As you can imagine, it’s a very rare trip where I need to check any luggage in. For the last few years, I’ve been using a Tri-Star or Western Flyer convertible travelpack from Seattle-based bag maker Tom Bihn.
With my upcoming nine-day vacation to Japan, I assumed I’d use one of those bags. However a month ago, a saw a forum post over at Tom Bihn’s that I found intriguing. Although many of the forum members share their packing lists or photos of their Tom Bihn bags, the thread started by member LauraA, who proudly proclaimed on the thread title, “My beautiful new SYNAPSE arrived today! I ‘practice packed’ it for a two week trip!”
A red Dyneema nylon Synapse. Photo courtesy of TomBihn.com
While traveling with just a carryon for a two-week trip is nothing new, her thread title exuded excitement, and piqued my interest. In her post, she shared a detailed packing list, as well as several photos showing exactly how she was planning on packing such a small backpack.
All of a sudden, her excitement rubbed off on me, and I decided I’d challenge myself by going “ultralight” for the Japan trip myself.
As with a previous trip (when we went to Europe) when we were challenged to travel extra-lightly, I knew I had to be extremely efficient with the space I had. It took a bit of debating in my own head, I believe I’ve been able to pack my steel Dyneema nylon Synapse backpack for my trip, as well!
My Synapse backpack (at the top of the photo) next to the various things that I will carry in it. Photo by Lani Teshima.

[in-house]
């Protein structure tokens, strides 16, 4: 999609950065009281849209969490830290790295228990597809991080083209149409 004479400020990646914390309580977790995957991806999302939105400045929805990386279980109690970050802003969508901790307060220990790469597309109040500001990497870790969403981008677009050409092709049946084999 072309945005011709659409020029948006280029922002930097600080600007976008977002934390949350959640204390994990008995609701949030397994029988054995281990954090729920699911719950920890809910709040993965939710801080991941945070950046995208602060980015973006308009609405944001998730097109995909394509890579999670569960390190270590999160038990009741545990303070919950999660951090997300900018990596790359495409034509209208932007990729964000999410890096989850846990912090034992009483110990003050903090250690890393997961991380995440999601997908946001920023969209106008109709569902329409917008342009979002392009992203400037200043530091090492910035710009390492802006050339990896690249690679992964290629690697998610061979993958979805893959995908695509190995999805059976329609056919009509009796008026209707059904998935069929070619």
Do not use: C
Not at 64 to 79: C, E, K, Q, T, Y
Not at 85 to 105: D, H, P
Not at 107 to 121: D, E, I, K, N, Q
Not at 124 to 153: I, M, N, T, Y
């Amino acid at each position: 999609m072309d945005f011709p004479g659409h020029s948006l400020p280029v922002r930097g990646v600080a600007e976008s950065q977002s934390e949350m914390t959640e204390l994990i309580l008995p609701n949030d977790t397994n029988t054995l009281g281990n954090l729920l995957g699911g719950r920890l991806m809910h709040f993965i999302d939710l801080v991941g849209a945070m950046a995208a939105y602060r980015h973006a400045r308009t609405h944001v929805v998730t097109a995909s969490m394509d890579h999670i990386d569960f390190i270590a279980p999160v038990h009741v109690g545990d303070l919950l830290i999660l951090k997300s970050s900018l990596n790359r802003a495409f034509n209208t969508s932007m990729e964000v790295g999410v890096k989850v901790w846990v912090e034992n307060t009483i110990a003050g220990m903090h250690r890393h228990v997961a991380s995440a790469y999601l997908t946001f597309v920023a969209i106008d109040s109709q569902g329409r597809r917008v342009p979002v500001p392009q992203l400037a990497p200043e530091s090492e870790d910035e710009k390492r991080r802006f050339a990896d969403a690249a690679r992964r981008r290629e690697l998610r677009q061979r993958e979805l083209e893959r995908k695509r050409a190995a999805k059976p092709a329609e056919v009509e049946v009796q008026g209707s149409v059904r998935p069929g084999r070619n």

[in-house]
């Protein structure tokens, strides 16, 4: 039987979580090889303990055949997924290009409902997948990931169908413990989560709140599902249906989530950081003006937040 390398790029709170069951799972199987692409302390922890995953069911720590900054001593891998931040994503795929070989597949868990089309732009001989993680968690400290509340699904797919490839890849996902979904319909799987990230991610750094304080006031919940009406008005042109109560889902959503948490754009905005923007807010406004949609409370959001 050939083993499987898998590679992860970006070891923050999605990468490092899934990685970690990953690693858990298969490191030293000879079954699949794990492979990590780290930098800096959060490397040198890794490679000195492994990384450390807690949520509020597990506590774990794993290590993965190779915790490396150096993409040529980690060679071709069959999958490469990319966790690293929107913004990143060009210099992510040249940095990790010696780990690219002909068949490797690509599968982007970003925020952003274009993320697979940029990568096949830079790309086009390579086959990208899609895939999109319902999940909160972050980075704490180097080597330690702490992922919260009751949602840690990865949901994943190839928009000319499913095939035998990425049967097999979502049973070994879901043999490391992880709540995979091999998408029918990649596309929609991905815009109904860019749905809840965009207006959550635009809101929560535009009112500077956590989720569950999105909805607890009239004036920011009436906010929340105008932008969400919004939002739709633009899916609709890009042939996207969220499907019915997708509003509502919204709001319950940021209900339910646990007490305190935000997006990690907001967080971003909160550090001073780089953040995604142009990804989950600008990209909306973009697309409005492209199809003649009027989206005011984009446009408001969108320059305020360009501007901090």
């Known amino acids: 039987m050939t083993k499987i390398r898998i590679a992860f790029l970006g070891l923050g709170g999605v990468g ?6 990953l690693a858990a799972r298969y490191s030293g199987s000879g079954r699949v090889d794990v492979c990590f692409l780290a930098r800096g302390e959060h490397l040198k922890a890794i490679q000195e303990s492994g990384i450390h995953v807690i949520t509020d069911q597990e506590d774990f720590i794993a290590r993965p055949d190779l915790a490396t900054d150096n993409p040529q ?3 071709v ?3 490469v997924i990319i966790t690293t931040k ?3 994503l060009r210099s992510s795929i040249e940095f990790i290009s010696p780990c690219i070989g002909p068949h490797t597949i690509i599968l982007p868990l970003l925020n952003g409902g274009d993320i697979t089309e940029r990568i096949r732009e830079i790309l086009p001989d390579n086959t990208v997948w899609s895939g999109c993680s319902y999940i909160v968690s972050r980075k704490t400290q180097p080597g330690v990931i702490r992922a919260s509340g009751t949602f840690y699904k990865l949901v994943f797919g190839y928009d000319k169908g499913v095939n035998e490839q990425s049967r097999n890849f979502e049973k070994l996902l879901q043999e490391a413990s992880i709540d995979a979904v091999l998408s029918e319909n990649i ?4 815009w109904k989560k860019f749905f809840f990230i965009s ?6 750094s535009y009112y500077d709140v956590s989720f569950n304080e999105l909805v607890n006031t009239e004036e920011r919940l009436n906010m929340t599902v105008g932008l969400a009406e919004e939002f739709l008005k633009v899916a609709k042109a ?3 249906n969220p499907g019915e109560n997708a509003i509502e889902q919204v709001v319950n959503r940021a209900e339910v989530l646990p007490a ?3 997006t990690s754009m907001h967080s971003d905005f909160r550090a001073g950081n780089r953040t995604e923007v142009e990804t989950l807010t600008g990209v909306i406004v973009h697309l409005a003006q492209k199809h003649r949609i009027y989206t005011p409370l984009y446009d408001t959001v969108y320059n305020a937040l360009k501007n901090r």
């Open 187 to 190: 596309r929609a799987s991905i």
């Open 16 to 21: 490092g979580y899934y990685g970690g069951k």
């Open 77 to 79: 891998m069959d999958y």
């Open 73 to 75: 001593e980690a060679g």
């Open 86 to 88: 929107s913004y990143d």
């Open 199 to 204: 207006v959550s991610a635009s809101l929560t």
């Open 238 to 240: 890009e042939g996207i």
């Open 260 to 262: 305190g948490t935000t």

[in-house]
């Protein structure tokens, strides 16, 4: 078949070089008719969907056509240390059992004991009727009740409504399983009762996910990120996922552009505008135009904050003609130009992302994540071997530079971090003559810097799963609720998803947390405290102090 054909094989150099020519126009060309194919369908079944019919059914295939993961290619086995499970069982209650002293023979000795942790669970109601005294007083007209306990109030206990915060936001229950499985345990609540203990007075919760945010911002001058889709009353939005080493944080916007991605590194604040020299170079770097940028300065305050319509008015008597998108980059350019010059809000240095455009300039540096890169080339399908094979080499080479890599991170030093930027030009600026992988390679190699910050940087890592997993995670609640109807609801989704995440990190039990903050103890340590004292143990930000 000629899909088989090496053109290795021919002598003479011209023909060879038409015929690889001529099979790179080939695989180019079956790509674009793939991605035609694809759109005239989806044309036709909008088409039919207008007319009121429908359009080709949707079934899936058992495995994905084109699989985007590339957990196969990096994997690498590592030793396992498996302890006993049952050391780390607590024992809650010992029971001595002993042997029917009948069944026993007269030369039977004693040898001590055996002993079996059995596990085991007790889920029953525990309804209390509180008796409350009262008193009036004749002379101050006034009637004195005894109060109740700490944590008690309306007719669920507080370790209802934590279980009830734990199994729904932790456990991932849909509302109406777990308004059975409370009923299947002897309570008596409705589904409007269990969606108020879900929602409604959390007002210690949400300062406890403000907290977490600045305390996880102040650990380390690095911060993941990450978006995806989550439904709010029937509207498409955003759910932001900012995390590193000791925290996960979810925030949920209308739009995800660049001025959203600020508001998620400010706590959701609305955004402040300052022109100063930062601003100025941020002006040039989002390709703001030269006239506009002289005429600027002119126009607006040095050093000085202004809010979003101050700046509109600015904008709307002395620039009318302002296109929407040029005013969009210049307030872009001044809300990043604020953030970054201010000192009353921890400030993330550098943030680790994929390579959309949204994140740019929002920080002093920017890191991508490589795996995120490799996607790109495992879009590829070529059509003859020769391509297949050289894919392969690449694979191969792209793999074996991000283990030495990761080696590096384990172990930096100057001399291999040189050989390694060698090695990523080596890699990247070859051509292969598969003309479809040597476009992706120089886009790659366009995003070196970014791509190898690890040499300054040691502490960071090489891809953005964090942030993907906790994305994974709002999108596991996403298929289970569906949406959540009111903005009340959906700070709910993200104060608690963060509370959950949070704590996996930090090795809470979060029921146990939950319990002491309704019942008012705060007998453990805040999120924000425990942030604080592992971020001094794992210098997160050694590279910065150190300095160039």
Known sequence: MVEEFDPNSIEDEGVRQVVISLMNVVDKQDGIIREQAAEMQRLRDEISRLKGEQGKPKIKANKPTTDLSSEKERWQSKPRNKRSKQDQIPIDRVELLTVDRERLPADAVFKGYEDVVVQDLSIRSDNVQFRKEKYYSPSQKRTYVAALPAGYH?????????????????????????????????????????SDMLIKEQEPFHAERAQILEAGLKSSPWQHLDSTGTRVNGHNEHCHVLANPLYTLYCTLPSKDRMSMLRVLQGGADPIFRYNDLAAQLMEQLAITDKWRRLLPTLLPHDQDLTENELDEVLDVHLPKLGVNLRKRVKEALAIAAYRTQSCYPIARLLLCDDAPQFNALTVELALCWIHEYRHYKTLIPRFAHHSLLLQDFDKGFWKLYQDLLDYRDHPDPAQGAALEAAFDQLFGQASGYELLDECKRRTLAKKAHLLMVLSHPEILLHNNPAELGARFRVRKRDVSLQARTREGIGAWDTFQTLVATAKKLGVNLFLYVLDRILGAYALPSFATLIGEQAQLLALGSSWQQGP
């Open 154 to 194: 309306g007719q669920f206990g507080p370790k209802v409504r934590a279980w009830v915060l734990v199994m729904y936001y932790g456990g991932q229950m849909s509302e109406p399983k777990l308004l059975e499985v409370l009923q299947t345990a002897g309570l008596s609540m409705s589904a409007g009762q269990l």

The contents of the Synapse, as shown in the photo, are:
- iPad (1st gen), in Apple case
- Eagle Creek Pack-It Specter Cube containing the bulk of my clothes, which contains:
- 2 short-sleeve T-shirts
- 1 pair lightweight capri denim pants
- 1 pair lightweight black capris
- 2 crinkle-fabric travel shirts
- 1 Salux wash cloth
- Eagle Creek Pack-It Specter Half Cube, which contains a pair of MBT open-toed sandals
- Eagle Creek Pack-It Specter Quarter Cube, which contains my underwear (2 pairs of panties, 1 bra)
- My 3-1-1 kit
- Eagle Creek Packable Tote bag (in case I buy some stuff in Japan that can’t fit*
- Tom Bihn Solar Travel Tray
- Tom Bihn Small Clear Organizer Pouch as my make-up kit
- Inflatable foot rest
- Tom Bihn Small Solar Organizer Pouch for my Sennheiser noise cancelling folding headphones
- Adventure Medic first aid kit
As I mentioned in my post in LauraA’s thread, some notes:
You don’t see any chargers for the iPad because I’m carrying that in my “purse,” which for this trip will be a matching steel Dyneema Packing Cube Shoulder Bag.
Took a bit of work to get all my makeup to fit in a small organizer rather than the Kit or even a clear pouch. The trick was to move my eyeshadow from its big clunky case into a contact lens case (I found instructions online). It snaps shut and is waterproof, which makes it perfect for preventing any eyeshadow from flaking out.
I tested the Eagle Creek Tote Bag, and it will easily fit my PCSB in it. But it’s really only as big as one of those ladies’ tote bag purses, so if I need, I can carry that with my Synapse on my flight home.
The inflatable foot rest is a real splurge. I also have a small folding plastic one I got from Magellan’s a while go and I may choose to take that instead (it slides into the front pocket of the PCSB real easily), but the inflatable one is so much more comfortable. I typically am ok with just compression socks, but we’re flying direct to Japan and I’d really like to be able to sit comfortably on the flight.